GSA taps five for $1.5 billion smart card contract

The General Services Administration on Friday selected five companies for

an estimated $1.5 billion program to supply government agencies with smart

cards and services.

The five prime contractors on the governmentwide Smart Access Common

Identification contract will produce microchip-equipped cards capable of

supporting multiple applications, such as personal identification and access

to buildings and computers.

The contract is the first governmentwide contract for smart card services

and has the potential to significantly impact the smart card market, according

to Stephen Berg, director of the Federal Computer Acquisition Center in

GSA's Federal Technology Service.

GSA, along with vendor and agency representatives, will in 45 days draft

an open, interoperable specification so that smart cards bought off the

contract by one agency will be able to work with applications and smart-card

readers used by another agency. "We are the ones who are pushing these standards,"

Berg said. "That's what we were looking for: to have a common standard among

awardees. That way we can use these cards across government."

The winning prime vendors are: KPMG Consulting LLC, Litton/PRC Inc., Electronic

Data Systems Corp., 3-G International Inc. and Logicon Inc.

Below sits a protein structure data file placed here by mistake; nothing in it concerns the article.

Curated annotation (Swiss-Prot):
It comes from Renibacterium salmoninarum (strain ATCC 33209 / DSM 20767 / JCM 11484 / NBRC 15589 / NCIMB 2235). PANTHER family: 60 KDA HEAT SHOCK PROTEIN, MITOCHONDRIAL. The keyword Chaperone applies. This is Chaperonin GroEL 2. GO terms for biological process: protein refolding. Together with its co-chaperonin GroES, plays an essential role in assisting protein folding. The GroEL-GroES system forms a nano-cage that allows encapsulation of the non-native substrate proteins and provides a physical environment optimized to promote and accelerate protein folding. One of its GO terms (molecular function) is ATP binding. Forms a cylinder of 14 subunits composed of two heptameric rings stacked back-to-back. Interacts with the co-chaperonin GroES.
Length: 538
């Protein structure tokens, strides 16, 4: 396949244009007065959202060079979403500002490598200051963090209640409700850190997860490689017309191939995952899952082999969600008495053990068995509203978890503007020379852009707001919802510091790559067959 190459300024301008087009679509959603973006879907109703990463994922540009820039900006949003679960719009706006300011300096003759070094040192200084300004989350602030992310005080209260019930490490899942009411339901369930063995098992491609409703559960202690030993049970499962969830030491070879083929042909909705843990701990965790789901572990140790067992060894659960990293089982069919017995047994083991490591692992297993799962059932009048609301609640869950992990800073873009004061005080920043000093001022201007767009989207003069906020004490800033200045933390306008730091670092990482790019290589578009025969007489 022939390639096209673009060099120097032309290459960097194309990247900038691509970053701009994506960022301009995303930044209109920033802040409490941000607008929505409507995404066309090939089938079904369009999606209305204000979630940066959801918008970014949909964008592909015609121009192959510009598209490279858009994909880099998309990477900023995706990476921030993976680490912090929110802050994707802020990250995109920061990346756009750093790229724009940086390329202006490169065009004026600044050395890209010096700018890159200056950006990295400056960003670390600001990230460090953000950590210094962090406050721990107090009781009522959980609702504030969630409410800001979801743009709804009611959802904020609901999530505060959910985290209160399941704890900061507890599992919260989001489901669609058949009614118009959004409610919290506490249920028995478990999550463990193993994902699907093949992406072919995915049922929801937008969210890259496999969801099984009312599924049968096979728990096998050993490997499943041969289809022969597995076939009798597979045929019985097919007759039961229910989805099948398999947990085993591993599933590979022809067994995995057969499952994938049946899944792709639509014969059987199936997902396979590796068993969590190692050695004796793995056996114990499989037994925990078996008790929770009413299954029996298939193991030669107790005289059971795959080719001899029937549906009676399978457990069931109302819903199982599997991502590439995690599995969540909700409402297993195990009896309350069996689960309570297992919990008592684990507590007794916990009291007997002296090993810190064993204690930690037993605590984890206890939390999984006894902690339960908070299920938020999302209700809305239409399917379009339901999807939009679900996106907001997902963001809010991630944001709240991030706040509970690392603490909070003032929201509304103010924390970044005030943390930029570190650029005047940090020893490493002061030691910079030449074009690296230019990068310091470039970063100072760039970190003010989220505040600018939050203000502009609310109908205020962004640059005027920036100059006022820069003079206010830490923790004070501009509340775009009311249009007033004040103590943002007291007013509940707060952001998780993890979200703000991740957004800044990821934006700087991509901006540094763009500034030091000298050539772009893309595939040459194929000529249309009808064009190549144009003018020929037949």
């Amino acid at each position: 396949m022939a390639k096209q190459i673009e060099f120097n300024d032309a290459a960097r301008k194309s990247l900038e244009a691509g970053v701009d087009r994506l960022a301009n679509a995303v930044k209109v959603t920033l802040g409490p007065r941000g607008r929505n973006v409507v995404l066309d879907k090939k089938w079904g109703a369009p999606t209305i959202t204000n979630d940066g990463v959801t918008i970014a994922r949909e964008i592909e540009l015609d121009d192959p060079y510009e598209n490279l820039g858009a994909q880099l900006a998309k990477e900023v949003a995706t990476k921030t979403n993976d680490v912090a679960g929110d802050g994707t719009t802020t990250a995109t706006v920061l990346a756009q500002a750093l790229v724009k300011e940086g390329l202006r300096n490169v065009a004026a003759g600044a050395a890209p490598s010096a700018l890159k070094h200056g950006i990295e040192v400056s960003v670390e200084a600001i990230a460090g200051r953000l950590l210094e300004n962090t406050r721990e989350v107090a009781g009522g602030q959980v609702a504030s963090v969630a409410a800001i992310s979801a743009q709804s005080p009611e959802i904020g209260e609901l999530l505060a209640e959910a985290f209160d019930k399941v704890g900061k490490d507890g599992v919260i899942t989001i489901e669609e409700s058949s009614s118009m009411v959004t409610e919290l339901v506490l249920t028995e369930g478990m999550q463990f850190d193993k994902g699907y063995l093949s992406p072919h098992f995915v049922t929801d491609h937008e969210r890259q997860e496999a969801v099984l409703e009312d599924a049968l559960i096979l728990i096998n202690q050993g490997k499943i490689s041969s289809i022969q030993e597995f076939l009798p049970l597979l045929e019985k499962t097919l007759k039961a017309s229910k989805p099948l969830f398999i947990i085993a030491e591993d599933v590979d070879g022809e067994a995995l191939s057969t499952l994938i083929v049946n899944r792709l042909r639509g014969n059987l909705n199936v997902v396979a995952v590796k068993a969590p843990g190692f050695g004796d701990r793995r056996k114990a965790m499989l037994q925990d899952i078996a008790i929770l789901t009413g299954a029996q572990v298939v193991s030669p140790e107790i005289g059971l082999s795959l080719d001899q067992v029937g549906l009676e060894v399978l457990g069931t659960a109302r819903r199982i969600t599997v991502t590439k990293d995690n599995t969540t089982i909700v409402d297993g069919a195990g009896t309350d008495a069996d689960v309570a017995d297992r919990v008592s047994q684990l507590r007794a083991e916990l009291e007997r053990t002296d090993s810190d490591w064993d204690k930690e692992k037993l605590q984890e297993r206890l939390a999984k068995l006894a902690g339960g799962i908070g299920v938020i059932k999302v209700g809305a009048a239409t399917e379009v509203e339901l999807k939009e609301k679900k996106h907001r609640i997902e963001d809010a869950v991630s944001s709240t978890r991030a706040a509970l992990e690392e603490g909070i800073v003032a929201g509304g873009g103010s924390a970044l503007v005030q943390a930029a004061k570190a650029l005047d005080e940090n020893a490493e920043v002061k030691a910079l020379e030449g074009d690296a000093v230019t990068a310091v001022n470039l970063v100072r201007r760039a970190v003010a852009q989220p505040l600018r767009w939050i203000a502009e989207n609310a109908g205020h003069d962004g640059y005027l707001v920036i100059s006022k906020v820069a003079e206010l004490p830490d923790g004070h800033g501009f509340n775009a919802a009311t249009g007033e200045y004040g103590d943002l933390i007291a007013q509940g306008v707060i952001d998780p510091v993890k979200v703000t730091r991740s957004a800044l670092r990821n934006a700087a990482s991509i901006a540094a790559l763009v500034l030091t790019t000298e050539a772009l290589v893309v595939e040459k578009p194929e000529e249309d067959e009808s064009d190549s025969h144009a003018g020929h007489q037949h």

Each of the winning vendors will provide a common interoperable set

of smart card services that support physical and logical access control,

such as access to a computer network or to a building, biometrics such as

fingerprint scans, and cryptographic services such as digital signatures

and data encryption.

"Agencies have been waiting on GSA for standards so that they don't

move forward with technology that will not be interoperable," said Kevin Kozlowski,

Litton/PRC Inc. program manager.

Although there are many smart card standards already in existence, getting

the standards to work together is the challenge, Kozlowski said. "It's the

glue that's going to hold them together," he said.

Each agency will be able to issue task orders off the contract for specific

applications, depending on what they need.

"I believe that the Smart Access Common ID Card contract meets the needs

that several government agencies have," such as growing security and safety

concerns, said Suzanne Strickland, GSA administrative contracting officer

for the contract. "This new technology will support important applications,

such as e-commerce."

Some smart card applications that the winning vendors are expected to

provide include an electronic purse application to store value and a property

management application to link an item such as a laptop computer with a

specific person.

— Diane Frank contributed to this article.

Featured

  • Workforce
    White House rainbow light shutterstock ID : 1130423963 By zhephotography

    White House rolls out DEIA strategy

    On Tuesday, the Biden administration issued agencies a roadmap to guide their efforts to develop strategic plans for diversity, equity, inclusion and accessibility (DEIA), as required under a as required under a June executive order.

  • Defense
    software (whiteMocca/Shutterstock.com)

    Why DOD is so bad at buying software

    The Defense Department wants to acquire emerging technology faster and more efficiently. But will its latest attempts to streamline its processes be enough?

Stay Connected